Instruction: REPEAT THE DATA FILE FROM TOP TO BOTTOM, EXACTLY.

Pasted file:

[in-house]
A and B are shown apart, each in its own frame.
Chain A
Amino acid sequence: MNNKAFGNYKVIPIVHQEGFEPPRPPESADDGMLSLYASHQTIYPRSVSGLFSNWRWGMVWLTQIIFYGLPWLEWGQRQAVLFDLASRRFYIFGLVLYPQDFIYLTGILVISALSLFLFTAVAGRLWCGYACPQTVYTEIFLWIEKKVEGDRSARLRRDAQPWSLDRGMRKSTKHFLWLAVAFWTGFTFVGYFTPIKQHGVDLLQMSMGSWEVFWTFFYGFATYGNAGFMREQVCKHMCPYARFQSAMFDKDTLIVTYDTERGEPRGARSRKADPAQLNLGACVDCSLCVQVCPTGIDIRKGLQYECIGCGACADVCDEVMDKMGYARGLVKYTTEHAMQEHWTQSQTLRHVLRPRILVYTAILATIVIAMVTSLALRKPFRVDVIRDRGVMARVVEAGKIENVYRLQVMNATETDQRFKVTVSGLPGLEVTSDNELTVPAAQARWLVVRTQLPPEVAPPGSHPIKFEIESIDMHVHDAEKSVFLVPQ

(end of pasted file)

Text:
[in-house]
A and B are shown apart, each in its own frame.
Chain A
Amino acid sequence: MNNKAFGNYKVIPIVHQEGFEPPRPPESADDGMLSLYASHQTIYPRSVSGLFSNWRWGMVWLTQIIFYGLPWLEWGQRQAVLFDLASRRFYIFGLVLYPQDFIYLTGILVISALSLFLFTAVAGRLWCGYACPQTVYTEIFLWIEKKVEGDRSARLRRDAQPWSLDRGMRKSTKHFLWLAVAFWTGFTFVGYFTPIKQHGVDLLQMSMGSWEVFWTFFYGFATYGNAGFMREQVCKHMCPYARFQSAMFDKDTLIVTYDTERGEPRGARSRKADPAQLNLGACVDCSLCVQVCPTGIDIRKGLQYECIGCGACADVCDEVMDKMGYARGLVKYTTEHAMQEHWTQSQTLRHVLRPRILVYTAILATIVIAMVTSLALRKPFRVDVIRDRGVMARVVEAGKIENVYRLQVMNATETDQRFKVTVSGLPGLEVTSDNELTVPAAQARWLVVRTQLPPEVAPPGSHPIKFEIESIDMHVHDAEKSVFLVPQ